Marcy Wheeler is an independent journalist writing about national security and civil liberties. She writes as emptywheel at her eponymous blog, publishes at outlets including Vice, Motherboard, the Nation, the Atlantic, Al Jazeera, and appears frequently on television and radio. She is the author of Anatomy of Deceit, a primer on the CIA leak investigation, and liveblogged the Scooter Libby trial.

Marcy has a PhD from the University of Michigan, where she researched the “feuilleton,” a short conversational newspaper form that has proven important in times of heightened censorship. Before and after her time in academics, Marcy provided documentation consulting for corporations in the auto, tech, and energy industries. She lives with her spouse in Grand Rapids, MI.

MI Finally Gets Some DCCC Love

Marcy Wheeler is an independent journalist writing about national security and civil liberties. She writes as emptywheel at her eponymous blog, publishes at outlets including Vice, Motherboard, the Nation, the Atlantic, Al Jazeera, and appears frequently on television and radio. She is the author of Anatomy of Deceit, a primer on the CIA leak investigation, and liveblogged the Scooter Libby trial.

Marcy has a PhD from the University of Michigan, where she researched the “feuilleton,” a short conversational newspaper form that has proven important in times of heightened censorship. Before and after her time in academics, Marcy provided documentation consulting for corporations in the auto, tech, and energy industries. She lives with her spouse in Grand Rapids, MI.

Never Count Rove Out … But

Marcy Wheeler is an independent journalist writing about national security and civil liberties. She writes as emptywheel at her eponymous blog, publishes at outlets including Vice, Motherboard, the Nation, the Atlantic, Al Jazeera, and appears frequently on television and radio. She is the author of Anatomy of Deceit, a primer on the CIA leak investigation, and liveblogged the Scooter Libby trial.

Marcy has a PhD from the University of Michigan, where she researched the “feuilleton,” a short conversational newspaper form that has proven important in times of heightened censorship. Before and after her time in academics, Marcy provided documentation consulting for corporations in the auto, tech, and energy industries. She lives with her spouse in Grand Rapids, MI.

Poor Judgment, Republican Edition

Marcy Wheeler is an independent journalist writing about national security and civil liberties. She writes as emptywheel at her eponymous blog, publishes at outlets including Vice, Motherboard, the Nation, the Atlantic, Al Jazeera, and appears frequently on television and radio. She is the author of Anatomy of Deceit, a primer on the CIA leak investigation, and liveblogged the Scooter Libby trial.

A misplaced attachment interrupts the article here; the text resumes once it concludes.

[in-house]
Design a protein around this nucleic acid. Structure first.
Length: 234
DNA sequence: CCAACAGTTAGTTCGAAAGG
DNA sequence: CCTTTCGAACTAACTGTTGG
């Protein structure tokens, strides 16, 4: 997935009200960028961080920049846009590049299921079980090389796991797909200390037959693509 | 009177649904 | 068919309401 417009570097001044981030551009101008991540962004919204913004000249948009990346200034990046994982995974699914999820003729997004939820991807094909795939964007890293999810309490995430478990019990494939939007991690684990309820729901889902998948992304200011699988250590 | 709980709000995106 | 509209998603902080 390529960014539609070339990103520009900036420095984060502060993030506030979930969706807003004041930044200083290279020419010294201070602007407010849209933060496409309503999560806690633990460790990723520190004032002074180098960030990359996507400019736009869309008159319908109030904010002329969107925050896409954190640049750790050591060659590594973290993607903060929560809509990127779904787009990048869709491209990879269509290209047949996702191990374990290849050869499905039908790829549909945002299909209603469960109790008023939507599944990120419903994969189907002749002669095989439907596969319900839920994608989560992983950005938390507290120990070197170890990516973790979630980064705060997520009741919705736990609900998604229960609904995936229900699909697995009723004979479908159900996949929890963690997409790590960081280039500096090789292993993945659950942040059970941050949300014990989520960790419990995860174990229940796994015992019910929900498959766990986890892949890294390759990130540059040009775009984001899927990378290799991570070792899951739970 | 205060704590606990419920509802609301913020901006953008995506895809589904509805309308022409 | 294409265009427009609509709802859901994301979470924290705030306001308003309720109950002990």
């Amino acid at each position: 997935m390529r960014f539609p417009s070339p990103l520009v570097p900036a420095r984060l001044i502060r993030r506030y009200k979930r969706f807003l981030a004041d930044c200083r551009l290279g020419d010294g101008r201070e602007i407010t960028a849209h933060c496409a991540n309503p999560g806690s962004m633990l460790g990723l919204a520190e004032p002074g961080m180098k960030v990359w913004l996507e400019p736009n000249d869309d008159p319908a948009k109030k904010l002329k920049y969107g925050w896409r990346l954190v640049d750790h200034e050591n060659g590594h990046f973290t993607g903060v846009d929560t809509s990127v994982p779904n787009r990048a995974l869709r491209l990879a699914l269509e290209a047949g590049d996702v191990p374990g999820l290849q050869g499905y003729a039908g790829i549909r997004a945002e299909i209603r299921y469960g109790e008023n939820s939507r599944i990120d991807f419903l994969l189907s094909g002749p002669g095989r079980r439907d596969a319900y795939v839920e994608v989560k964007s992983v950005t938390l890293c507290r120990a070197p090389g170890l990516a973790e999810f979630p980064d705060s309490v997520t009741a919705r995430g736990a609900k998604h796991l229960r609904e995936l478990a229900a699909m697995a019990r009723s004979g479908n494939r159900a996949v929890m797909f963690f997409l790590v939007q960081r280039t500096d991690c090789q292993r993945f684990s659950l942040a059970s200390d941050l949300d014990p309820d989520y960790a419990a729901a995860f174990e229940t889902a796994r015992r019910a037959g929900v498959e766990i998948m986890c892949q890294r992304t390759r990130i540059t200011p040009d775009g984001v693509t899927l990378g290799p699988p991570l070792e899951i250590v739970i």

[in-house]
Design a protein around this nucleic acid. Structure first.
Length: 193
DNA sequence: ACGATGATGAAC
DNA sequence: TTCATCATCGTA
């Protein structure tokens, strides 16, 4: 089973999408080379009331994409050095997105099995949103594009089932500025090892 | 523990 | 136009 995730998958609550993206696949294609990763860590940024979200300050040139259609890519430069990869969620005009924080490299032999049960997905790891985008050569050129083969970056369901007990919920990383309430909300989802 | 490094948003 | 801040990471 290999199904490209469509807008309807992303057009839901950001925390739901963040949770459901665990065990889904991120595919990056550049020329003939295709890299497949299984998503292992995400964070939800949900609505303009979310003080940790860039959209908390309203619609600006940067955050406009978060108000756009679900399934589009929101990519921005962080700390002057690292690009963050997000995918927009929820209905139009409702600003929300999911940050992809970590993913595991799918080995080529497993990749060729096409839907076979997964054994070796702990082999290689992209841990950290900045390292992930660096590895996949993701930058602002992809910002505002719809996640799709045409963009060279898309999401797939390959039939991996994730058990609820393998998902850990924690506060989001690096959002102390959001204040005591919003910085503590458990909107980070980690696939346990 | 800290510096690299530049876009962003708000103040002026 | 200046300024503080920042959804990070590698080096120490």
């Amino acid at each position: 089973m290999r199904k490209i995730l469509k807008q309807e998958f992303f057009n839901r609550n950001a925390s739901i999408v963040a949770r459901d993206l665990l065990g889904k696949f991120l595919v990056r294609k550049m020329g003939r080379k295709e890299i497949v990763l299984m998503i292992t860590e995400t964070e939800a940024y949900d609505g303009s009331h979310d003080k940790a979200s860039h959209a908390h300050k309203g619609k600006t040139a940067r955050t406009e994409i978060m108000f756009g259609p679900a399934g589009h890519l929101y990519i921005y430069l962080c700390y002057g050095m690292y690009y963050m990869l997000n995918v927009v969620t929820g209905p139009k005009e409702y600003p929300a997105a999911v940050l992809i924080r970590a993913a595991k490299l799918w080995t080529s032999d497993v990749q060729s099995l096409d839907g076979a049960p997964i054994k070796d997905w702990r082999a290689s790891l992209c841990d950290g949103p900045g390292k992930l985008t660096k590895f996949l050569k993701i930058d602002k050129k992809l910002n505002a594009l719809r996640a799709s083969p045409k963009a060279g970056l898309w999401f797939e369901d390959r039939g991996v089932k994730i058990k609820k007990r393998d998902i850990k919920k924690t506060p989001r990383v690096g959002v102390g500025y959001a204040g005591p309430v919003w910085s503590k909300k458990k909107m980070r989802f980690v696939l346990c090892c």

Marcy has a PhD from the University of Michigan, where she researched the “feuilleton,” a short conversational newspaper form that has proven important in times of heightened censorship. Before and after her time in academics, Marcy provided documentation consulting for corporations in the auto, tech, and energy industries. She lives with her spouse in Grand Rapids, MI.

Why Are They Afraid of a Living Wage, Clean Air, and Free Speech?

Well, the Republicans have launched their long-planned attack on the Representatives who will be Committee Chairs when we take back Congress. It will get nastier than this–the WSJ hides, at least, the degree to which this fear campaign depends on race-baiting and gay-baiting. But let’s look at some of the things they fear:

Energyand Commerce would return to the untender mercies of John Dingell, thelongest-serving Member first elected in 1955, who was a selectivescourge of business when he ran the committee before 1994. The MichiganCongressman would do his best to provide taxpayer help to GM and Ford.But telecom companies would probably get more regulation in the form ofNet neutrality rules, and a windfall profits tax on oil would be a realpossibility.

Hmm. Provide help to GM and Ford? Even Republican candidate for governor in MI, Dick "Amway" DeVos, is trying to force Bush to help out the automobile companies. Not a bad idea, you know, to try to preserve hundreds of thousands of middle class jobs.

But look what they don’t mention about John Dingell’s legacy. Dingell is known for several things–the Clean Air Act, the Children’s Health Insurance Program, the Medicare Program that works (unlike the  donut hole monstrosity invented by Bush’s donors)–all programs with solid support around the country.

And they’ve thrown in Net Neutrality, pretending that Dingell’s support for Net Neutrality, which simply preserves the state of Free Speech on the Internet, is something to be feared. Why is the WSJ, a media outlet, campaigning against Free Speech. (Hint–the dead tree media aren’t doing so well with real competition. I guess the WSJ’s support for competition only extends to other publicly traded companies?) So just with John Dingell, the WSJ wants you to be afraid of Clean Air, adequate medical care for children and seniors, and Free Speech. Whew, I’m quivering from fear.

Marcy Wheeler is an independent journalist writing about national security and civil liberties. She writes as emptywheel at her eponymous blog, publishes at outlets including Vice, Motherboard, the Nation, the Atlantic, Al Jazeera, and appears frequently on television and radio. She is the author of Anatomy of Deceit, a primer on the CIA leak investigation, and liveblogged the Scooter Libby trial.